Tuesday, February 23, 2016

We Can All Do Something Nice

I try to start each day reading an email sent to me by The Upper Room. Some days I am better able to focus my first few minutes than I am on other days. For Lent I added reading a devotional emailed to me every morning at 5 AM from Nassau Presbyterian Church. Between the two devotionals there is often something worthwhile that sticks with me throughout the day, or even longer.

On Ash Wednesday (this year on February 10) both places cited the same scripture: Isaiah 58:1-12 (the fasting scripture).

Isn't this the fast I choose; releasing wicked restraints, untying the ropes of a yoke, setting free the mistreated, and breaking every yoke? Isaiah 58:6
I'll be honest. I have never been able to get behind the concept of fasting as was presented to me by my Catholic friends when I was growing up. They would give up chocolate or candy or something bad in the name of being a good Catholic. I felt quite righteous in my Protestant beliefs that we don't do that, just as we don't offer animal sacrifices or refrain from eating meat on Fridays. To me giving up something sweet sounded to me as if they were putting themselves on a diet. How did that help God?

As an adult I heard more explanations that made sense. Fasting can also mean taking on a spiritual discipline. The idea of a fast is to become closer to God, not to go on a diet.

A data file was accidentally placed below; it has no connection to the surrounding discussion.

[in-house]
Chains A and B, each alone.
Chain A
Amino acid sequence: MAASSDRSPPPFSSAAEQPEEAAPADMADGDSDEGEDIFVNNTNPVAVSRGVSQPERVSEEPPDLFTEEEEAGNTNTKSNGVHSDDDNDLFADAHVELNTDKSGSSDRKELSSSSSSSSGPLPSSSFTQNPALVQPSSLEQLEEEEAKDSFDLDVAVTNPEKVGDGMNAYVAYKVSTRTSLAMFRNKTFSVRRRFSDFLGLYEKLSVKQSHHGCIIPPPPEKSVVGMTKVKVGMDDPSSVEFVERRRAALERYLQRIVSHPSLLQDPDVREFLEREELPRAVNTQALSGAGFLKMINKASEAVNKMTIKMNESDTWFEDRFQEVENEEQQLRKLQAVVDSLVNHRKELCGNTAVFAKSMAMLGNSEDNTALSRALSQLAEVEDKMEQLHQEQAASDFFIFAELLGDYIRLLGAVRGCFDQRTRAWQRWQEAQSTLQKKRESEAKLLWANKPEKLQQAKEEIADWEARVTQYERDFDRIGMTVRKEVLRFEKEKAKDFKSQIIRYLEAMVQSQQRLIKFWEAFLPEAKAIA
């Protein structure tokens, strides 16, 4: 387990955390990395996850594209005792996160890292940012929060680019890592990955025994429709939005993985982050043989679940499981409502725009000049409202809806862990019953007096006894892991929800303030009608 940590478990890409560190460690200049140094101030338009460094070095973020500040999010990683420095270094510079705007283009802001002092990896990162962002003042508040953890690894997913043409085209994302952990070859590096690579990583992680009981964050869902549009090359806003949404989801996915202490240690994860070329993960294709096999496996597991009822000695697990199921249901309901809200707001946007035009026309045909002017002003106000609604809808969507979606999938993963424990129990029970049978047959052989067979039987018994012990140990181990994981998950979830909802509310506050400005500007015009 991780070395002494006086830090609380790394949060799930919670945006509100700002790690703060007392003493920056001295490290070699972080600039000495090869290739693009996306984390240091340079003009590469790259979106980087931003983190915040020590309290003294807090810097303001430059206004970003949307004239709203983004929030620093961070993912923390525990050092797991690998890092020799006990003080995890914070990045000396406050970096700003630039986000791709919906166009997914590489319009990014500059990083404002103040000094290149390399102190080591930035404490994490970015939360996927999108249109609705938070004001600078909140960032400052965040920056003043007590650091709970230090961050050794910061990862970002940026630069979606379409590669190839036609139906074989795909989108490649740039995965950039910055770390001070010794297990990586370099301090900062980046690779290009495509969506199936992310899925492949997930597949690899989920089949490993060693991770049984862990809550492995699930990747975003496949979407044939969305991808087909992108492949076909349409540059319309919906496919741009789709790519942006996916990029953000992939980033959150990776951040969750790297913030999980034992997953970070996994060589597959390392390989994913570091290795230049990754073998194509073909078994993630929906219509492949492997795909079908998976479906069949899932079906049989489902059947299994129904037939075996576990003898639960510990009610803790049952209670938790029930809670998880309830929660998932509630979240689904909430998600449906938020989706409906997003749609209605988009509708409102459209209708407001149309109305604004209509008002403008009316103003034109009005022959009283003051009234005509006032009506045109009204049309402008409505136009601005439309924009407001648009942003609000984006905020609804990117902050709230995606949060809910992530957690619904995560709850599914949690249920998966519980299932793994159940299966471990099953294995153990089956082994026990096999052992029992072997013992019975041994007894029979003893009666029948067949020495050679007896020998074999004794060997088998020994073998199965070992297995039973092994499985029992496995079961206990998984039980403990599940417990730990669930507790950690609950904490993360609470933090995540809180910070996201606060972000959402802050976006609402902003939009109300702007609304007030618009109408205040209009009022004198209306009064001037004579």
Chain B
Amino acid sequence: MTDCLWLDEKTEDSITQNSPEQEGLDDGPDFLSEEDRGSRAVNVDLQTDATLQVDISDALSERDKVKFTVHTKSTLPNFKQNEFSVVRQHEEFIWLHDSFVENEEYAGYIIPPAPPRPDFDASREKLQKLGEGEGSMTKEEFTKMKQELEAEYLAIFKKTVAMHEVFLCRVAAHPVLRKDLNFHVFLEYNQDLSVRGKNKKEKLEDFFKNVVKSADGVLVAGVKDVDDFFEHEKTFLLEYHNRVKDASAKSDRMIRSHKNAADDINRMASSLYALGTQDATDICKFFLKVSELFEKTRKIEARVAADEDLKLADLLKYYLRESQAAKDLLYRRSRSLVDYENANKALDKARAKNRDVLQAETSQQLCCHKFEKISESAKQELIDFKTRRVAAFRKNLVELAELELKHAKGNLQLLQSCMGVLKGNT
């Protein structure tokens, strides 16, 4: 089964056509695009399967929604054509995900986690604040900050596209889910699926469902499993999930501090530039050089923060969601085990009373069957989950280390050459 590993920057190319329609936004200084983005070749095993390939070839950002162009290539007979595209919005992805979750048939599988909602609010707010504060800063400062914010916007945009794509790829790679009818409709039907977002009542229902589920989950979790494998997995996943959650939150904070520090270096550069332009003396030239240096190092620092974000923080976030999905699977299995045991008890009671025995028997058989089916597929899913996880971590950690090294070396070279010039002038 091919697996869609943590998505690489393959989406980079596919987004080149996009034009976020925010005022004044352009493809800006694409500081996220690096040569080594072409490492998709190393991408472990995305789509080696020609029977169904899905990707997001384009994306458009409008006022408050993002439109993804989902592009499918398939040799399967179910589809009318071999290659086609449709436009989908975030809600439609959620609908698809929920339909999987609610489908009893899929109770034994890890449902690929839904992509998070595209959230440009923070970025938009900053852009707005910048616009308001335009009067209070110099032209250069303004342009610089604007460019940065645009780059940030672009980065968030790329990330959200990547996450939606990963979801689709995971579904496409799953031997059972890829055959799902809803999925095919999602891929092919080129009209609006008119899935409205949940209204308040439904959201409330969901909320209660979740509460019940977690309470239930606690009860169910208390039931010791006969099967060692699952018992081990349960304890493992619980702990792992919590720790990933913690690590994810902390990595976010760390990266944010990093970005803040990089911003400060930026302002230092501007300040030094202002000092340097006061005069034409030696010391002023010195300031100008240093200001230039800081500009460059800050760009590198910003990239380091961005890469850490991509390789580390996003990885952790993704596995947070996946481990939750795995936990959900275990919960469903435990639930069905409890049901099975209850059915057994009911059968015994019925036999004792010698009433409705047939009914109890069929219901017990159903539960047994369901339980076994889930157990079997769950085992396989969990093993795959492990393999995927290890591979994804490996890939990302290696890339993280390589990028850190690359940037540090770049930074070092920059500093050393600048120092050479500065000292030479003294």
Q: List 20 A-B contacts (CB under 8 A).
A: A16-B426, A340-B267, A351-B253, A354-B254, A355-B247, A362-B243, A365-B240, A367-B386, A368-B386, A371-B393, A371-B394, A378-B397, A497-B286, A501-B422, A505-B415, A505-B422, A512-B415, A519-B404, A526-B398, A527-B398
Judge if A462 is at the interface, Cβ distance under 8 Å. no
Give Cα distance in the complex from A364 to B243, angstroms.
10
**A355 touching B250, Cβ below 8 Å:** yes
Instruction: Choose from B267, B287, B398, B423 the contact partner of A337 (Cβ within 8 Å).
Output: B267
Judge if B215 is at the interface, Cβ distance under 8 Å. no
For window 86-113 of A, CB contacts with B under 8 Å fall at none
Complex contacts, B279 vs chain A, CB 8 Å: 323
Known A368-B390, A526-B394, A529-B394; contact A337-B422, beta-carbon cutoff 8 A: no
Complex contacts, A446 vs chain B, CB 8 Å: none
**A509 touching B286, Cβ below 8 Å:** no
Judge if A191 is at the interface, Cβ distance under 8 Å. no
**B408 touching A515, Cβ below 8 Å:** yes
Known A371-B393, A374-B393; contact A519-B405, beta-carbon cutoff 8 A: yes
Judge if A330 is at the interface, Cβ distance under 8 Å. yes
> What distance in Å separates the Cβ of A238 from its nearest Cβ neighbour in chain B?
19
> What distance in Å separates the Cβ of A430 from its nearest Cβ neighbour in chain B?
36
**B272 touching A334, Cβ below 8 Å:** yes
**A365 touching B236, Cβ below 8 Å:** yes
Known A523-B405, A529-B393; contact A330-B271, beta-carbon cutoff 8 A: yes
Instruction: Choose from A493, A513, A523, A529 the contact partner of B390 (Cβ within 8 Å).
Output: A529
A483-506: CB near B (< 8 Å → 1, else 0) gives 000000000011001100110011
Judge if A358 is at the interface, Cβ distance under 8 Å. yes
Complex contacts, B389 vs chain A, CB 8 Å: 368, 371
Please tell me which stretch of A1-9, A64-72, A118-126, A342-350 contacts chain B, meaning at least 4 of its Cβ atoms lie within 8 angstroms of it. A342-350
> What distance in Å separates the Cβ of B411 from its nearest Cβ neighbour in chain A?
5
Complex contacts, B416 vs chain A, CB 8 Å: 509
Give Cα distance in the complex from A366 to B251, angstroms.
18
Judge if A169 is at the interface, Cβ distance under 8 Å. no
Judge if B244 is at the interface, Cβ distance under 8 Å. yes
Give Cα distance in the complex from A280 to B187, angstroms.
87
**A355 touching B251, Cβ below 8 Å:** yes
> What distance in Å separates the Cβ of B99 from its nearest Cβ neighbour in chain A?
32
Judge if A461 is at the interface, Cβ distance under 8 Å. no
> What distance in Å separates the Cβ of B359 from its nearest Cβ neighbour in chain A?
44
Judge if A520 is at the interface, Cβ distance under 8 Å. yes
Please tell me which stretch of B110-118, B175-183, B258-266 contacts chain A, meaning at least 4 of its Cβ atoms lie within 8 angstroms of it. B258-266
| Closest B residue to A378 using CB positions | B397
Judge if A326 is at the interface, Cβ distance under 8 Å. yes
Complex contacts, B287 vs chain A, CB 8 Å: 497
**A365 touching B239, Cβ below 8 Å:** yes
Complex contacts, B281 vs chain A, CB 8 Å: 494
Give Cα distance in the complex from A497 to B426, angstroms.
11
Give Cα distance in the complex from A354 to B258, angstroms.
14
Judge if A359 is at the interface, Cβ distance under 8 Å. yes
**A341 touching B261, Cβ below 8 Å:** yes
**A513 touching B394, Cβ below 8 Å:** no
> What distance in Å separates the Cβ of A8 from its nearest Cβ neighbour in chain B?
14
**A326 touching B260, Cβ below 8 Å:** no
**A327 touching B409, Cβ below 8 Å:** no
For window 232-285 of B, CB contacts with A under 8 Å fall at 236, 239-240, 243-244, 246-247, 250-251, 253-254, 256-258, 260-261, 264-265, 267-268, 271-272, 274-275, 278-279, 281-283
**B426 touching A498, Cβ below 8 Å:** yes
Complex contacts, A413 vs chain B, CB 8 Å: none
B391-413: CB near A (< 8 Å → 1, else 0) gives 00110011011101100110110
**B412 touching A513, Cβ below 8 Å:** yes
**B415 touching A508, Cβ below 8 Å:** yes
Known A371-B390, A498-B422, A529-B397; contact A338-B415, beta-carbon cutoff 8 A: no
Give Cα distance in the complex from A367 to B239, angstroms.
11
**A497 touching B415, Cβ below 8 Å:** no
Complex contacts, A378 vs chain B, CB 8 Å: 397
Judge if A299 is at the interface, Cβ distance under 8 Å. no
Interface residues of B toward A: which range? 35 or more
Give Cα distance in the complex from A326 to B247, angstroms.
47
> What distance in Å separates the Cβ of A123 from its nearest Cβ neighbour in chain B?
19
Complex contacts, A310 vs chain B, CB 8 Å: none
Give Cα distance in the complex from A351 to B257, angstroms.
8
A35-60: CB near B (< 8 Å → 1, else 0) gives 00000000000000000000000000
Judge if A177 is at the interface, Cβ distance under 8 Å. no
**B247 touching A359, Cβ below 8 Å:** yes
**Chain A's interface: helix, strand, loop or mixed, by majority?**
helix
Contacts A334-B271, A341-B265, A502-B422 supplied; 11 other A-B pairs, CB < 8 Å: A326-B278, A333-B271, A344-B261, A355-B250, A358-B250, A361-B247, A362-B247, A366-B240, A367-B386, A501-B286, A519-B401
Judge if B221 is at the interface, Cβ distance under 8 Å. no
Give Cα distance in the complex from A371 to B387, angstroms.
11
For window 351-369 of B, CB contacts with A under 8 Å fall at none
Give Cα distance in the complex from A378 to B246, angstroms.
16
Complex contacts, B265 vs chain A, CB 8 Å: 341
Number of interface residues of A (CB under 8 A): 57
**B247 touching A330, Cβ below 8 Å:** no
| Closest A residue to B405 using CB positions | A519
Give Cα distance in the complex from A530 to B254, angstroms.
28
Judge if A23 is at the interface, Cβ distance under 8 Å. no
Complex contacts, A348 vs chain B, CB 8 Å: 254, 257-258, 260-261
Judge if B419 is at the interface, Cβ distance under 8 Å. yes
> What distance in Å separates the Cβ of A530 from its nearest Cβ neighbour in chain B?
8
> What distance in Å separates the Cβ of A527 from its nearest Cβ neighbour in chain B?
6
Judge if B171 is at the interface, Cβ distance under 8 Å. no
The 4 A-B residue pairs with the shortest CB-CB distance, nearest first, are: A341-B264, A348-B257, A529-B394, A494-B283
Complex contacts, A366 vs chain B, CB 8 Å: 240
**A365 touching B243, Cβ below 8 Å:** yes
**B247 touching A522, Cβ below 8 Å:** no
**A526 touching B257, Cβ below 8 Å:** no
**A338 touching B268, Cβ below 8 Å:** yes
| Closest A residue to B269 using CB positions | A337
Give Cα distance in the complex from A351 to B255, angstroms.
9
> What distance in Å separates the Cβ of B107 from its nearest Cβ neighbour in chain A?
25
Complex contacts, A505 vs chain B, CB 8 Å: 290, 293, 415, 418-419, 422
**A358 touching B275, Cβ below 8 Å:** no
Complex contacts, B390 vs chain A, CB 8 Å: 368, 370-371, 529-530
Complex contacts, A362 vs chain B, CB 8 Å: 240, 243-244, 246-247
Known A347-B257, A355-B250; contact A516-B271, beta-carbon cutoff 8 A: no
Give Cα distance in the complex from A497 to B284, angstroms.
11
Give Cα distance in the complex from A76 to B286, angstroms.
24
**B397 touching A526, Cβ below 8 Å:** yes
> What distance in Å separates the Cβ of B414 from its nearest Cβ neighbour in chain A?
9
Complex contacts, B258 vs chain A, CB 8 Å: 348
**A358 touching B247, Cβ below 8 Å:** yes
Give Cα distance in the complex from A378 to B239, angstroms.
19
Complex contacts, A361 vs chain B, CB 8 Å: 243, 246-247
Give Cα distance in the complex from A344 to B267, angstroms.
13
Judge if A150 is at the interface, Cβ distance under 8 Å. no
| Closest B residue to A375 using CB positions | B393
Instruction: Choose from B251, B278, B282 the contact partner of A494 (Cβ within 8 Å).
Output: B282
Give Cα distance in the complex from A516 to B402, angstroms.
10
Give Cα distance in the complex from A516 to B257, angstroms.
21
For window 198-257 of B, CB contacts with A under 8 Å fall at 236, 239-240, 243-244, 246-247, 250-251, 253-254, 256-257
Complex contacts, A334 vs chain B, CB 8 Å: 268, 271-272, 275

The person at Nassau Church who wrote the devotion took in a step further. He said to look for ways to "identify some need we can address in a helpful way and then take action?"

This is the thought that lingered with me: 

what need do I see and what can I do about it? 

I pondered this while taking a walk in the woods near my house. The thought that came to me was a fairly simple one: ask my neighbor if I could watch his house while he went to his son's funeral. He may have already had someone lined up, or he may not have seen the need. Instead I caught him when he was outside moving cars around the driveway (he does that a lot) and he said he was going to ask me if I could watch the house for them. It turns out someone ransacked his in-laws' house while they were at his father-in-law's funeral (something we had thought was urban legend, but has a foundation in reality). 

I sat in their living room with a book and their dog for about four hours. Trust me, it was not hard. 

The experience is encouraging me to look for other ways in which I can be a help to someone. What are ways you can do something nice for someone?

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